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We need to redesign cities to tackle climate change, IPCC says

Municipal leaders need to quickly enact a whole scale of changes, from retrofitting buildings to handling urban waste differently.

We need to redesign cities to tackle climate change, IPCC says
[Source Images: petrovv/iStock/Getty Images Plus, Boris SV/Getty Images]

As much as 72% of the world’s emissions in 2020 came from cities—and by the middle of the century, urban areas could triple in size. That’s why the latest climate report from the IPCC, the UN’s climate body, makes it clear that we need to build cities differently, as part of a long list of solutions that the world needs to quickly deploy to have a chance of avoiding the worst impacts of climate change.

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“If you want to resolve the climate crisis, you need to resolve cities,” says Rogier van den Berg, acting global director for the Ross Center for Sustainable Cities at the nonprofit World Resources Institute. “It’s simple.”

Municipal leaders need to quickly enact a whole scale of changes, from retrofitting buildings to handling urban waste differently. But one critical piece is changing how people get around. If cities are redesigned to be more compact—the concept of the 15-minute city, where it’s easy to walk or bike to work and stores, and public transportation is also easily accessible—the report says that it could help cut urban emissions by around 25%.

Shifting to electric vehicles “is a huge opportunity,” Van den Berg says, but “you can’t cover it all with electric mobility. You also need to think about biking, walkability, proximity, and density of services.” When the urban design of a city changes, so do the people living there. Copenhagen wasn’t always dominated by bikes; now two-thirds of residents bike to work or school. After Paris started aggressively redesigning city streets, it now looks more like Copenhagen.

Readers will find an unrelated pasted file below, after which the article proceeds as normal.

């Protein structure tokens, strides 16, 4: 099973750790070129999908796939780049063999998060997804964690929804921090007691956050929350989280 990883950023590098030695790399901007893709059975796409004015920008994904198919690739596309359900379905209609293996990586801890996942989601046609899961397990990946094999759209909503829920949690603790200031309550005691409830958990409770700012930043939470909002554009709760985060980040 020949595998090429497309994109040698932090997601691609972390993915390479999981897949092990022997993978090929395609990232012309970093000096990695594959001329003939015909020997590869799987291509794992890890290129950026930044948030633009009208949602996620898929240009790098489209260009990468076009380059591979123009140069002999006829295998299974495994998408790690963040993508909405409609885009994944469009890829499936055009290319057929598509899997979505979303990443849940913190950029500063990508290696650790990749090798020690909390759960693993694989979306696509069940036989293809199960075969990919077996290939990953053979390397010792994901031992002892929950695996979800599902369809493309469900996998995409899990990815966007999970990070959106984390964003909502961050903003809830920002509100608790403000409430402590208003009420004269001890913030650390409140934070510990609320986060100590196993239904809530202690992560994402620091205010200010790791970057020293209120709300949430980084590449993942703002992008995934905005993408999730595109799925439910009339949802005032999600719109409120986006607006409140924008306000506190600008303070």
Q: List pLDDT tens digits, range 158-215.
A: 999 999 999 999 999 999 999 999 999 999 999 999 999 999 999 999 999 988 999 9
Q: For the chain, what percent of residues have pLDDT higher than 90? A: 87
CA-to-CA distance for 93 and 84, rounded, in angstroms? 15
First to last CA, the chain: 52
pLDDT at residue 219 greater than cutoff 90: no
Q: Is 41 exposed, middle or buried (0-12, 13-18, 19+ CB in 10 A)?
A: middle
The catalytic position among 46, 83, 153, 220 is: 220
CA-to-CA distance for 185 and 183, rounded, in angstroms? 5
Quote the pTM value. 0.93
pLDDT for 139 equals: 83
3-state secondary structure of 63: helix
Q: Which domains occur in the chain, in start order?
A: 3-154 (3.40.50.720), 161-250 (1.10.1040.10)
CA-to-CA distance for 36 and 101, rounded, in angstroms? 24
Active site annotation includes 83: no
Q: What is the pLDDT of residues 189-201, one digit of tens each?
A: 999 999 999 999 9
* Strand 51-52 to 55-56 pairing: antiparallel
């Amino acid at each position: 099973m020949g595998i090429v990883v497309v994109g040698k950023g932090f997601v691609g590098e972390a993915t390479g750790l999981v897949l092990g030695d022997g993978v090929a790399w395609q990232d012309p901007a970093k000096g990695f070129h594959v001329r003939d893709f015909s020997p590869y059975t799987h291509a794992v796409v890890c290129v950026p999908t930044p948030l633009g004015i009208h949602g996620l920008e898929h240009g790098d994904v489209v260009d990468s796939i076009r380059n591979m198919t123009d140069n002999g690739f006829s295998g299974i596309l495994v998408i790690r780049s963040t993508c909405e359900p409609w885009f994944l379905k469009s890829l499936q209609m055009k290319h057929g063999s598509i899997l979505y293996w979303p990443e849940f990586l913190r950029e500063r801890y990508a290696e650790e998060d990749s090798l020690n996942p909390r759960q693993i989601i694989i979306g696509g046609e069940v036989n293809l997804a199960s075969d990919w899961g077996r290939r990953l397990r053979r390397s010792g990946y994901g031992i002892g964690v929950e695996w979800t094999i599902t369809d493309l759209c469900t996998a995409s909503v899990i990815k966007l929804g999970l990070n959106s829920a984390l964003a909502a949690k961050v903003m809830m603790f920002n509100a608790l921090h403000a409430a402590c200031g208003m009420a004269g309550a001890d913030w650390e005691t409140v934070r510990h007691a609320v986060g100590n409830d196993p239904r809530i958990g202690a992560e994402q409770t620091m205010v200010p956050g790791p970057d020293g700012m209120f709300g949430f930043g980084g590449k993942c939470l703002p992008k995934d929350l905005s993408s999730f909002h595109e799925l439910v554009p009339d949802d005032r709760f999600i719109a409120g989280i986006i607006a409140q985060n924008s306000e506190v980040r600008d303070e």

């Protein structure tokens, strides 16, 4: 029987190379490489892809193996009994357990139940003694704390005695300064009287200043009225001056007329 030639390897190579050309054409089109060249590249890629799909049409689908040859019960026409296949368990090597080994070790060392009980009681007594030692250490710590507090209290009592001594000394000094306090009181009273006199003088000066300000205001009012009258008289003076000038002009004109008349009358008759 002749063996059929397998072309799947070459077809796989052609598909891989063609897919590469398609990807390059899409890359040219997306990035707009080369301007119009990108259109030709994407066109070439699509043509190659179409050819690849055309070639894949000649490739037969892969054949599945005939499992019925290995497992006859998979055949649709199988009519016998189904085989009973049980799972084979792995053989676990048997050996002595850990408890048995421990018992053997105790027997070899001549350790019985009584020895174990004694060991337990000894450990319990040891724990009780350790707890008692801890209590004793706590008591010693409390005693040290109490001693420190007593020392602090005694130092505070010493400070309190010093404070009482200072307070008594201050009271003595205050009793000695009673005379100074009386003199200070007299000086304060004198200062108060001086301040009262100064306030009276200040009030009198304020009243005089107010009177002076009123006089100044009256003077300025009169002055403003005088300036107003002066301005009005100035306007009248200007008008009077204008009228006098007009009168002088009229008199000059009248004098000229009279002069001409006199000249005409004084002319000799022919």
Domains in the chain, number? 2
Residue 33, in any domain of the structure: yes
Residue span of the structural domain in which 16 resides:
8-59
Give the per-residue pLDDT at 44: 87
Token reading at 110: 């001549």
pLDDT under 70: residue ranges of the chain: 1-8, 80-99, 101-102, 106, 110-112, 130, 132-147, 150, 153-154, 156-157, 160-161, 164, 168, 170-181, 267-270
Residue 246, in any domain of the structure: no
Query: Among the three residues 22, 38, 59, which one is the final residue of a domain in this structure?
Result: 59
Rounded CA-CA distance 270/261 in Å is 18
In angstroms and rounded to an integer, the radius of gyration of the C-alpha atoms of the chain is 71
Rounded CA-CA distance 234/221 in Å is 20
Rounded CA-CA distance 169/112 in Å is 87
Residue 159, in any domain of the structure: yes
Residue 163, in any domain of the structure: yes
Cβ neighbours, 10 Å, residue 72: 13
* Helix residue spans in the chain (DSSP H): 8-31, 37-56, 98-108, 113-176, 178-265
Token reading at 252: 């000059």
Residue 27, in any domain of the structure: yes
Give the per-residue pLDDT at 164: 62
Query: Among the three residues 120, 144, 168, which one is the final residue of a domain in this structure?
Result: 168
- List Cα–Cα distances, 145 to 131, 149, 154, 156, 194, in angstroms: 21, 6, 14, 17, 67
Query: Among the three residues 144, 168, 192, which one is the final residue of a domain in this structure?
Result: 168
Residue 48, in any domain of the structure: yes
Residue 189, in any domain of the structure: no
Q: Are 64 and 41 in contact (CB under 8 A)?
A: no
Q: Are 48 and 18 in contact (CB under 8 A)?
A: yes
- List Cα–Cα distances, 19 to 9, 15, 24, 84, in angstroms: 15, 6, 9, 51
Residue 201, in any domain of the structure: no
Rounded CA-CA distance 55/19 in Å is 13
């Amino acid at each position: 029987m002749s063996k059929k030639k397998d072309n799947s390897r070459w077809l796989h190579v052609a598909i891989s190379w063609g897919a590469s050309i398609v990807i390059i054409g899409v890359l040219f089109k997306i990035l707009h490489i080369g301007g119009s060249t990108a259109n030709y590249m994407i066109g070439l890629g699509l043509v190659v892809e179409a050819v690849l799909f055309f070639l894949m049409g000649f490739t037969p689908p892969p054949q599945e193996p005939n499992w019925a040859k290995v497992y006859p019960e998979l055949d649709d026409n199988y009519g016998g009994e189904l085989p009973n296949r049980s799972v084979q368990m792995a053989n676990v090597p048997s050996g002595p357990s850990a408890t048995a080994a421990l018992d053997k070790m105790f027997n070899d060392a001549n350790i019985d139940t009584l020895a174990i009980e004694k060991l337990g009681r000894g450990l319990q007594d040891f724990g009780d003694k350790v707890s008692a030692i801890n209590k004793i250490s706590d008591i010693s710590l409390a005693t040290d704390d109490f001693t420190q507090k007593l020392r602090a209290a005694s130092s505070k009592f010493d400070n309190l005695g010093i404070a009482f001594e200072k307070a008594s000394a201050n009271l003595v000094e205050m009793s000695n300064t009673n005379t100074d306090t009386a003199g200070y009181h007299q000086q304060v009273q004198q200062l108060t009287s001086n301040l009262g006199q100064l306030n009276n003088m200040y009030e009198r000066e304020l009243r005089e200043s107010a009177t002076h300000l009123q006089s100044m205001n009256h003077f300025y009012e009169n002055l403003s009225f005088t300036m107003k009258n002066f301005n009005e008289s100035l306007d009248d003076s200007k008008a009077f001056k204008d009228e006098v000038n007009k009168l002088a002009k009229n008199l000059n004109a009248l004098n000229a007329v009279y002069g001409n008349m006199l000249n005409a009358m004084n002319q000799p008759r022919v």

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Making the shift in more car-centric cities in the U.S. is more challenging, though even cycling paradises like Amsterdam used to have a bigger car culture. New, fast-growing cities in Africa and Southeast Asia also need support to avoid sprawl and what the IPCC report calls “carbon lock-in”—designs that make it hard to cut emissions. More financing is needed at the right time so cities can grow in the right way, Van den Berg says. “Transport-related emissions in developing regions of the world have increased more rapidly than in Europe and in North America,” he says. “And that’s a trend that is likely to continue in coming decades. That means that we should not only look at what are the big emitters right now, but what are the emitters of the future.”

Cities can also do more to help capture carbon by adding more green spaces, the report says, from green roofs to urban forests. Already, city trees store around 7.4 billion tons of carbon, and sequester around 270 million tons of carbon each year. Adding nature back into cities also helps make cities more resilient in the face of extreme heat, floods, and other climate impacts.

Urban emissions are growing now, and by the middle of the century, if cities don’t make much effort, could grow to as much as 40 billion metric tons of CO2 emissions each year. But with ambitious action, that could drop down to 3 billion tons of emissions. The scale of cities is an advantage. “The growing concentration of people and activities is an opportunity to increase resource efficiency and to decarbonize at scale,” Van den Berg says. “It means that your big problem is your big opportunity.”

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About the author

Adele Peters is a staff writer at Fast Company who focuses on solutions to some of the world's largest problems, from climate change to homelessness. Previously, she worked with GOOD, BioLite, and the Sustainable Products and Solutions program at UC Berkeley

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